Appreciate this article? +972 depends on your support -- click here to help us keep going

Analysis News

Abducted from Sudan, tortured in Sinai: Mother and child languish in Israeli jail

After facing brutal treatment at the hands of Sinai smugglers, an Eritrean mother and her baby daughter – who did not intend to go to Israel – have found themselves victim to Israeli policy, despite not having done a thing to deserve such a fate.

By Anat Ben-Dor

There are things one can do only when no one else is looking. Detaining a baby girl a year and three months old for a period of three years, for instance. We met Ambat* yesterday in Saharonim prison – an active child, she was dressed in red and was held in her mother’s arms. We sat in the oppressive 30 degree heat for an hour, and while we interviewed her mother, little Ambat attempted to entertain herself. She hopped around gleefully, laid down on her stomach in order to peek under the caravan, scanning the floor in the hopes of finding some new form of entertainment.

The two of them have been in this prison, surrounded by fences, security towers and barbed wire for over three months. Trapped in a tent with 12 others – six women and six children. It is doubtful whether Ambat’s mother, who is only 23, knows that she and her daughter will spend the next three years in this place.

Ambat and her mother Zabib* have been jailed for “infiltration into Israel.” This past January, the law was amended to to allow placing “infiltrators” under administrative detention for a period of three years, in order to deter future “infiltrators” from entering Israel. However, Zabib never intended to go to Israel. She was born in a small village in Eritrea, where she was married. Her husband was drafted into the military, leaving Zabib in the village, where she could barely support herself through selling food. She saw her husband just once every half year. When she was six months pregnant, her husband defected to Sudan, where he lives today. After the birth of her daughter, Zabib and Ambat left Eritrea in an attempt to reunite with her husband in Sudan. Shortly after crossing the border, the two were kidnapped at gunpoint by smugglers. That is where their long and painful journey began.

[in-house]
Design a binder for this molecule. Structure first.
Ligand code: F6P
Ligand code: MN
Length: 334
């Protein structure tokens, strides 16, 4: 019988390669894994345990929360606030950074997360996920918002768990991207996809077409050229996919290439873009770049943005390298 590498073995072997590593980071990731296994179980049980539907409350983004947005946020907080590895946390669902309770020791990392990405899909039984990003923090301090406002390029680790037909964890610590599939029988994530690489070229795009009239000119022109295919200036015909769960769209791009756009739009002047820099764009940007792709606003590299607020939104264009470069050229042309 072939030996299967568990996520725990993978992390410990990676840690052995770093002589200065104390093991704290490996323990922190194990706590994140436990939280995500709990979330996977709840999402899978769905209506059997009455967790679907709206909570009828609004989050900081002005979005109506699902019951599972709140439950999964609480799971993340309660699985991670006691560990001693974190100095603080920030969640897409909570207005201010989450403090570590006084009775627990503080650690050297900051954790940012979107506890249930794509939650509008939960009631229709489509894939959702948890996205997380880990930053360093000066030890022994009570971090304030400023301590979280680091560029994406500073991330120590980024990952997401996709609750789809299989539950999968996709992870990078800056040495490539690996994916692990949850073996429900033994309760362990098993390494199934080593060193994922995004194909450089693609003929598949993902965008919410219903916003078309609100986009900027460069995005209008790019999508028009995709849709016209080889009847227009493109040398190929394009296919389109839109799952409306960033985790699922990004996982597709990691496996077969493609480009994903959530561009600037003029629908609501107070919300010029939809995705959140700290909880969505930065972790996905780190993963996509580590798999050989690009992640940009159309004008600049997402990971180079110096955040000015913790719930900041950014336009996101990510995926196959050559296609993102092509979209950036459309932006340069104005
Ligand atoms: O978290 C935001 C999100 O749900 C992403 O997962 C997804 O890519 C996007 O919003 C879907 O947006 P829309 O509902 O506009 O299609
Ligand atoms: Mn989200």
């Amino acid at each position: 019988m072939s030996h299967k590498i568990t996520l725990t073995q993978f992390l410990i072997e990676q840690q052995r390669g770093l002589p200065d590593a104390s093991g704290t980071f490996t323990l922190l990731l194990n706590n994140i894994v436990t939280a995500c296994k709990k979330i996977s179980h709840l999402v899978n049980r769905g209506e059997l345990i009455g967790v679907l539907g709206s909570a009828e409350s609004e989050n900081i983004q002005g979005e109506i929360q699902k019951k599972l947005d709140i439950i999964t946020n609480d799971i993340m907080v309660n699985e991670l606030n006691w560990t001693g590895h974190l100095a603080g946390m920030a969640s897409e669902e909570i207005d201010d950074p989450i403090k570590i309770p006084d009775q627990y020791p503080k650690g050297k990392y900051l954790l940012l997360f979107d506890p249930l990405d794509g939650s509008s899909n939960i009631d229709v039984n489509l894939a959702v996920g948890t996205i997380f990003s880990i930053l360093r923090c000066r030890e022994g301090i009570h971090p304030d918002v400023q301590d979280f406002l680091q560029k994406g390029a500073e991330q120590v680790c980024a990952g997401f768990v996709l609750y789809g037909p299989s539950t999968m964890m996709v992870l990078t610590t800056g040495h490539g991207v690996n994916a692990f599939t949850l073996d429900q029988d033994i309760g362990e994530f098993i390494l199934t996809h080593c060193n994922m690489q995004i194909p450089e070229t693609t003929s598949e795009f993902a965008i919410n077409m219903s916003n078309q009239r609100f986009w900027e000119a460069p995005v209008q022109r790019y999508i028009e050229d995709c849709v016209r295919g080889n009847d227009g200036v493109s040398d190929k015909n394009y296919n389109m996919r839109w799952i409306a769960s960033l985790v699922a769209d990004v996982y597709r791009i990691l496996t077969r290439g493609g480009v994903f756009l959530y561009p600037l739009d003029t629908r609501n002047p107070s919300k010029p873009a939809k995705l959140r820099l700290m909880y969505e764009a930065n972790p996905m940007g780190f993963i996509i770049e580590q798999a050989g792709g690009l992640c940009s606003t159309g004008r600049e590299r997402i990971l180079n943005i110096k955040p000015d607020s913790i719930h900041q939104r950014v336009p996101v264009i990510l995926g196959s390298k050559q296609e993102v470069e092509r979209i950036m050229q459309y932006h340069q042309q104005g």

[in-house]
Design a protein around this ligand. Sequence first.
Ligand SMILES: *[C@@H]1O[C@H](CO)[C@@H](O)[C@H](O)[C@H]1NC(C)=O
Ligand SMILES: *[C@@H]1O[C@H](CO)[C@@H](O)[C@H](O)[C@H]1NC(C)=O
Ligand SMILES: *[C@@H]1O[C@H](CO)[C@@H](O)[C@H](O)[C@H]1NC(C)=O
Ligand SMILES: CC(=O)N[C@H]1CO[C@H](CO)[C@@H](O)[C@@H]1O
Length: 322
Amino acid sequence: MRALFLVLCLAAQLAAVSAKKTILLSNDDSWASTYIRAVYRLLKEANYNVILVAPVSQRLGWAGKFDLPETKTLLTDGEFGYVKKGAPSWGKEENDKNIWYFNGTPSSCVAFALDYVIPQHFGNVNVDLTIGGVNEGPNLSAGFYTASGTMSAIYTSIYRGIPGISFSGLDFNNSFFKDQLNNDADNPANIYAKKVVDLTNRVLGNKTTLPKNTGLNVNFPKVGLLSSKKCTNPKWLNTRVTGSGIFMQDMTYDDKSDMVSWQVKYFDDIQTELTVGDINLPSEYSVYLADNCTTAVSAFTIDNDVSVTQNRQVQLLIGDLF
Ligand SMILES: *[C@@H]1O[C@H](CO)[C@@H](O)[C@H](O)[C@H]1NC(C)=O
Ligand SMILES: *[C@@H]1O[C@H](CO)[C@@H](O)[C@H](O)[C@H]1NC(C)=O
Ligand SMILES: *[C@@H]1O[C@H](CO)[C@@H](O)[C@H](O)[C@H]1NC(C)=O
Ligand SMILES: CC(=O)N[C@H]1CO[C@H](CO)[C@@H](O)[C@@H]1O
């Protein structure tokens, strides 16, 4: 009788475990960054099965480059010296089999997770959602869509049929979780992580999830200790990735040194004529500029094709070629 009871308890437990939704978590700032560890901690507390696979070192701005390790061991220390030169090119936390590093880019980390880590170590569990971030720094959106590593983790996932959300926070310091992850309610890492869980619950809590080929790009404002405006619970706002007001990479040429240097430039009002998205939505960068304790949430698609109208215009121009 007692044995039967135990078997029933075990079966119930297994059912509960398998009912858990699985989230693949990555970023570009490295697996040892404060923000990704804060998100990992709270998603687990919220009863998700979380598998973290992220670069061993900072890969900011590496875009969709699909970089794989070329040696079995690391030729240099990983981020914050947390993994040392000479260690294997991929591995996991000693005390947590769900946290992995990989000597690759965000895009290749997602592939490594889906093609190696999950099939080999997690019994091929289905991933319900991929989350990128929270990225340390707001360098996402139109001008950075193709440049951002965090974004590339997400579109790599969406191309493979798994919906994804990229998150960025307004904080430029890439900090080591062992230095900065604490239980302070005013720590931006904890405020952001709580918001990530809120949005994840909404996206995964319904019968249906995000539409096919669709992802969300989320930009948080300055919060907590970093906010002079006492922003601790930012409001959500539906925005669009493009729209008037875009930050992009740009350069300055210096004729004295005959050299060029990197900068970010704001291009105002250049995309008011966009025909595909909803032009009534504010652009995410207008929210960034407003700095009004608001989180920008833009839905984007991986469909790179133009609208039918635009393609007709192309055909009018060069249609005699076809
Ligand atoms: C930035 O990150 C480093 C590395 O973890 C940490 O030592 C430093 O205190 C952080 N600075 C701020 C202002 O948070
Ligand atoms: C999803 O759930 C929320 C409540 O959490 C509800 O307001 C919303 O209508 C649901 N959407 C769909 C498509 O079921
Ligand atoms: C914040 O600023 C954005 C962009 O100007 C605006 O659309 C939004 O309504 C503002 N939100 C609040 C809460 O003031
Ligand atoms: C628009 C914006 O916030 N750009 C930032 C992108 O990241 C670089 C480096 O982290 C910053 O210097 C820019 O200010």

Zabib and Ambat were transferred from one person to another on their way to Sinai. Sometimes, they would lay down in the trunks of vehicles, and sometimes inside boats. The elderly people that were with them during the journeys often fainted due to the trying conditions. It is still unclear how little Ambat managed to survive. In the end, they were brought to a smugglers’ camp in Sinai. There, Zabib’s legs were cuffed, while the smugglers demanded a ransom of $25,000 in exchange for her release. This is when the baby turned into her mother’s protector. While other women were raped and sexually abused, Zabib was only the victim of beatings and lashings. The smugglers often dangled Ambat out a window, threatening to throw her in front of her mother. They also slapped her when she cried. Zabib says that Ambat learned from the smugglers: she gently strokes her mother’s cheek before suddenly slapping her, in much the same way as the smuggler slapped Ambat.